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BusinessWeek has a scathing article in the latest edition which reveals that Target had enough evidence to stop this winter's massive data breach before it even started--and did absolutely nothing.  I mentioned this yesterday, but I'm reposting given the ramifications.

It’s a measure of how common these crimes have become, and how conventional the hackers’ approach in this case, that Target was prepared for such an attack. Six months earlier the company began installing a $1.6 million malware detection tool made by the computer security firm FireEye, whose customers also include the CIA and the Pentagon. Target had a team of security specialists in Bangalore to monitor its computers around the clock. If Bangalore noticed anything suspicious, Target’s security operations center in Minneapolis would be notified.

On Saturday, Nov. 30, the hackers had set their traps and had just one thing to do before starting the attack: plan the data’s escape route. As they uploaded exfiltration malware to move stolen credit card numbers—first to staging points spread around the U.S. to cover their tracks, then into their computers in Russia—FireEye spotted them. Bangalore got an alert and flagged the security team in Minneapolis. And then …

Nothing happened.

The bottom-feeders struck again on December 2, installing another version of their malware.  Again, FireEye redflagged it--and again, Target failed to act.  According to a consultant with Target's internal investigation, FireEye issued the highest-priority alerts on its scale.  FireEye was sophisticated enough that even though the hackers cloaked their malware with the name "BladeLogic," a legitimate program used to protect credit card data, it was able to detect that it was really malware.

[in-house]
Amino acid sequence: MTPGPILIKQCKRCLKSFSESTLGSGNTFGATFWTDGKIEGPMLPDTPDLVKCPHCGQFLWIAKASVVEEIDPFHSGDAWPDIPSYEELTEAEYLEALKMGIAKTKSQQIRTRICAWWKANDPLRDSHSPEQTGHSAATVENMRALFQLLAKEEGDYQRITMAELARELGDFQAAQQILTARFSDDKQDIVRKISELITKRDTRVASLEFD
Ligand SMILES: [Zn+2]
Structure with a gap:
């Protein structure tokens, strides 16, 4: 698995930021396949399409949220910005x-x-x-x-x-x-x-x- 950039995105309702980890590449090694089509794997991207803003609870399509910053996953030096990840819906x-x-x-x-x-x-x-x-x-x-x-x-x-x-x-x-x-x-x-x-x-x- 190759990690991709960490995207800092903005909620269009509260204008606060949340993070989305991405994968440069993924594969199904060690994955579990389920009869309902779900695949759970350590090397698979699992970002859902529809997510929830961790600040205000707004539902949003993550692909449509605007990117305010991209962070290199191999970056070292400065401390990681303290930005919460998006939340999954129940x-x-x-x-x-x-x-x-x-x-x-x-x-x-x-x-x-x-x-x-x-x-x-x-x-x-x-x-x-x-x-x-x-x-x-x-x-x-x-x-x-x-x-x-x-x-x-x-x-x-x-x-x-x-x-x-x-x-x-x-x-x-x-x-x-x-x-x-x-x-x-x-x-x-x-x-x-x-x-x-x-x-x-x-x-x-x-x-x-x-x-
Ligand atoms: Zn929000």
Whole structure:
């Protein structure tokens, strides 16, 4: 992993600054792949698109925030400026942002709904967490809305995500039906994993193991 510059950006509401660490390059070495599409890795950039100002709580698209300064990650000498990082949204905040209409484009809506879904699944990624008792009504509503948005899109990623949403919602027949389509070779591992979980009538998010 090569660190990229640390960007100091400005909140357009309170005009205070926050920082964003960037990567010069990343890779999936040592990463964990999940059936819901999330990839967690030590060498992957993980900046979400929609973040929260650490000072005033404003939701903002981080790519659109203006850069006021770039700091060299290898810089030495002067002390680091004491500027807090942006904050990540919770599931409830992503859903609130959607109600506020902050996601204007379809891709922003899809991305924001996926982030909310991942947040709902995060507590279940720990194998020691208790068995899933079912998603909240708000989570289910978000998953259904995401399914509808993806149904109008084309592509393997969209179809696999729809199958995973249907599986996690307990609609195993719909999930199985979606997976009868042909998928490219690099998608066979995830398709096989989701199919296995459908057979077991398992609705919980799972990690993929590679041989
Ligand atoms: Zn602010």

Even worse, Target's security team just sat and twiddled its thumbs when its antivirus software detected suspicious behavior from the same server called out by FireEye.  As a result, for the next two weeks 110 million pieces of data adding up to 11 gigs flowed right under their noses to three compromised servers in Northern Virginia, Provo and LA before going to a server in (surprise!) Moscow.  And yet, the hackerswere laughably careless.  According to Jamie Blasco of security firm AlienVault, they had user names and passwords for those servers embedded n the code.  Had Target's security people responded to the FireEye alerts, they could have signed into the servers and taken the data back before the hackers made their daily pickup.

Target is already in a world of trouble for this snafu, and it may be in for more.  The House Oversight Committee is now pressing Target for additional documents related to the information BusinessWeek obtained; it already got a bunch of documents earlier this week before this story broke.  

I had thought about giving Target another chance.  But after reading this, it may be awhile.  A very long while.

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Comment Preferences

  •  appalling (1+ / 0-)
    Recommended by:

    and now they get to suffer the consequences.  Wonder why they were asleep at the switch.

  •  A quote from that article: (2+ / 0-)
    Recommended by:
    Sylv, gypsytoo
    Target Chairman, President, and Chief Executive Officer Gregg Steinhafel issued an e-mailed statement: “Target was certified as meeting the standard for the payment card industry (PCI) in September 2013."
    If Steinhafel believes what he says here--and it could just be CYA PR--then this shows the real problem here.

    Security is not based on certifications--all a certification shows is that (at the best) at the point in time of the certification review, with those systems, running those versions of software, everything appeared to meet the industry standards.

    At the worst, such a certification review simply says that Target had documented procedures in place--which they may or may not have been following.

    Certification provides nothing more than a piece of paper which can be shown to execs, boards, shareholders, and insurance companies to "prove" your systems are compliant with the latest standards.  It does nothing to insure that procedures are followed.

    Further, security is not moving target (pardon the pun).  Security measures must be constantly updated to meet evolving threats, and processed must be modified to keep up with new techniques.  Quoting a certification review done 1-1/2 years ago as evidence of Target's "best efforts" to maintain security is ludicrous, disingenuous, and/or indicative of a poor understanding of security methodologies at the highest level of the company.

    "Against stupidity the gods themselves contend in vain" -- (Talbot, in: The Maid of Orleans by Friedrich Schiller)

    by rfall on Sat Mar 15, 2014 at 10:11:13 AM PDT

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